N.Y. General Municipal Law §51 should be a tool in the toolbox for fighting against corruption in government. The taxpayer whose hard-earned money is wasted by government officials should have the mechanism to hold liable all government officials who commit illegal acts or cause waste or injury to a government entity, not only the taxpayers of “count[ies], town[s], village[s] or municipal corporation[s].” N.Y. General Municipal Law §51.
Current Safeguards Against Increases in Taxpayers Action That Lack Merit. The statute has built-in safeguards to protect the government entity. The New York State Legislature, when it adopted the statute, required taxpayers to post security to ensure that the money will be there if the government entity is awarded costs as a prerequisite to the prosecution of a N.Y. General Municipal Law §51 taxpayer action. See N.Y. General Municipal Law §51.
While the government entity is a necessary party, it does not have to take an active role in the litigation. Its counsel should monitor the litigation, but it should be a passive party because, like a derivative action where a shareholder brings claims against corporate officers for damaging a corporation, a N.Y. Municipal Law §51 taxpayer action is an action by the taxpayer (shareholder) against the “officers, agents, commissioners and other persons” (corporate officers) who have injured the government entity (corporation). N.Y. General Municipal Law §51. The government entity is the beneficiary of the taxpayer action and should be on the same side of the taxpayer, not opposing the action.
N.Y. Public Officer Law §18.4.(c) bars government entities from indemnifying and holding harmless employees and government officials prosecuted pursuant to N.Y. General Municipal Law §51. This limitation on indemnification protects local governments from paying for the defense costs of a N.Y. General Municipal Law §51 taxpayer action against those public officials and government employees who have committed acts that are either illegal or cause waste or injury to the property, funds or estate of government.
General Municipal Law §51 Recovery Is Turned Over to the Government Entity. Those that commit illegal acts or acts that cause waste or injury to the government entity should be held personally liable to compensate the government entity and restore the taxpayer funds.
An important component of N.Y. General Municipal Law §51 authorizes “taxpayers … to bring actions against officers … [to] restore and make good, any property, funds or estate” of the government entity. Herder v. Clifford, 252 N.Y. 141, 144 (1929). An expansion of the types of government entities that are subject to N.Y. General Municipal Law §51 liability will also expand the number of government officials and employees who will be subject to personal liability.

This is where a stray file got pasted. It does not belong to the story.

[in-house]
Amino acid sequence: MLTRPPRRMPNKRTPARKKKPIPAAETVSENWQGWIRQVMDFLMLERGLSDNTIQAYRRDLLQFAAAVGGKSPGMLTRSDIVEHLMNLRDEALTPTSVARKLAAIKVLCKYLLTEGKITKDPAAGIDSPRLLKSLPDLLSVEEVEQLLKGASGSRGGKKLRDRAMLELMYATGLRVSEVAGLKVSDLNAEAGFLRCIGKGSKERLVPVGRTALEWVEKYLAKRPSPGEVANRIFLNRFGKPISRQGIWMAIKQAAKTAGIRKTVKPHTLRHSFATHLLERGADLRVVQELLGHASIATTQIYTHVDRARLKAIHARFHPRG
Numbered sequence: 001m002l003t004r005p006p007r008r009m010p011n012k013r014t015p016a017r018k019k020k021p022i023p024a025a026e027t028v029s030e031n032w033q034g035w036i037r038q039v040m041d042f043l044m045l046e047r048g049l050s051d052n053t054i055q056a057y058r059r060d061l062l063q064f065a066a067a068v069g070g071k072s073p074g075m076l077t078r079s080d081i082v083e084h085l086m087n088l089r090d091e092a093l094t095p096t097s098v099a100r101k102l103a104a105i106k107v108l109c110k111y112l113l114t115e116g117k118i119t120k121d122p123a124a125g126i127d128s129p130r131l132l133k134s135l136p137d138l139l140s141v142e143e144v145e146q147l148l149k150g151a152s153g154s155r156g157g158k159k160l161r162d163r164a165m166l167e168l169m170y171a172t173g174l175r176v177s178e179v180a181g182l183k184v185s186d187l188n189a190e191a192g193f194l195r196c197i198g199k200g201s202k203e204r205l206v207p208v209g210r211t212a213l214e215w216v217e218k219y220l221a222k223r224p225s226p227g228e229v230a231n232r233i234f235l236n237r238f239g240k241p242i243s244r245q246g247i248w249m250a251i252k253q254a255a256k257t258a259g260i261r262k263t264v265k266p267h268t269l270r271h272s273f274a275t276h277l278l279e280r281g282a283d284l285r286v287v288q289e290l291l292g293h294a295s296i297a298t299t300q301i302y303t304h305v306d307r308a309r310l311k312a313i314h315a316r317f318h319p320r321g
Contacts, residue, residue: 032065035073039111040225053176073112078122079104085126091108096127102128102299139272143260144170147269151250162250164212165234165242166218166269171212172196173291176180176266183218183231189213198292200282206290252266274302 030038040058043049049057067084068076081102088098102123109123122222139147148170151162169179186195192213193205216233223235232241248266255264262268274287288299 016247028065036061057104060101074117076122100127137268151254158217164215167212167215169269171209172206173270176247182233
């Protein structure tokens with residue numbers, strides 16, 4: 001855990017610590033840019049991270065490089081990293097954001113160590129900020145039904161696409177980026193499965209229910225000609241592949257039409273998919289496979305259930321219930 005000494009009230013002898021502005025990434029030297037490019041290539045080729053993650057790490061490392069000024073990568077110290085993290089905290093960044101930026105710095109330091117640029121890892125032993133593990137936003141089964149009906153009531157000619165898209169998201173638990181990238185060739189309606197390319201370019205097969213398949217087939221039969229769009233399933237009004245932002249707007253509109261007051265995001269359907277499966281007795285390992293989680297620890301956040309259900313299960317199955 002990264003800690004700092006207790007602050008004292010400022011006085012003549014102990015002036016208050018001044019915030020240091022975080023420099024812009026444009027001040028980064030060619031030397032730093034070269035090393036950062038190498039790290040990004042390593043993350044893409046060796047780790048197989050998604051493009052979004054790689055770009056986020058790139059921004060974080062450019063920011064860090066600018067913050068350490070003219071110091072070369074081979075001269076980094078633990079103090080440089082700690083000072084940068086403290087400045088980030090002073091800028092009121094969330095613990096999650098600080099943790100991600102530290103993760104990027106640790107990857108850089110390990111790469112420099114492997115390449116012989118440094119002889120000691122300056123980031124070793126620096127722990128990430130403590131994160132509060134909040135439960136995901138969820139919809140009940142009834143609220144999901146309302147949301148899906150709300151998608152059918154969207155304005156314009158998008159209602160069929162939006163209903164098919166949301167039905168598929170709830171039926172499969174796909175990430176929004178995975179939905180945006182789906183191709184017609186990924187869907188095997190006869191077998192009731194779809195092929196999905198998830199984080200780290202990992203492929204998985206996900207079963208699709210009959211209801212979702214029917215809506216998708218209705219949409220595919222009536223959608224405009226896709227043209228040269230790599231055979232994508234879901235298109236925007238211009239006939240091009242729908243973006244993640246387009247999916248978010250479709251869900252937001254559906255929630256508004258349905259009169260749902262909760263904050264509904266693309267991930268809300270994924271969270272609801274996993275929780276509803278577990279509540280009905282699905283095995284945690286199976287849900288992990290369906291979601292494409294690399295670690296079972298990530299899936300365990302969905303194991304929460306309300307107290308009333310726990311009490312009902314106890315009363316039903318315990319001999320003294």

While criminal prosecution is a deterrent against illegal activities by government officials, not all acts of waste of a government entity’s property will fall within the criminal statutes. N.Y. General Municipal Law §51 fills the gap in the criminal law.
In Schulz v. Warren County Bd. of Supervisors, 179 A.D.2d 118, 121, 581 N.Y.S.2d 885, 887, fn. 2, (3d Dep’t 1992), the court held: “[i]n order to maintain a General Municipal Law §51 action, the proponent must (1) establish his taxpayer status, and (2) allege an official act which causes waste or injury, imperils the public interest or is calculated to work public injury or to produce some public mischief.”
The statute empowers taxpayers to protect government entities against criminal activity but criminality is not a necessary element for a prosecution of a N.Y. General Municipal Law §51 taxpayer action. The taxpayer action fills a void which the criminal statute cannot reach and where District Attorneys are powerless to protect taxpayers.
An expansion of N.Y. General Municipal Law §51 to include as potential targets all “officers, agents, commissioners and other persons” of all government entities in New York, whether they are special improvement districts or government agencies, will be a reform to curb corruption in government and curb a waste of government property.
The taxpayers should have a remedy against all corruption or waste of government property in any government entity in New York state. To limit the liability to only “count[ies], town[s], village[s] or municipal corporation[s]” does not take into consideration the current state of government in New York, where corruption or waste of government money and property is, unfortunately, somewhat unchecked and somewhat rampant.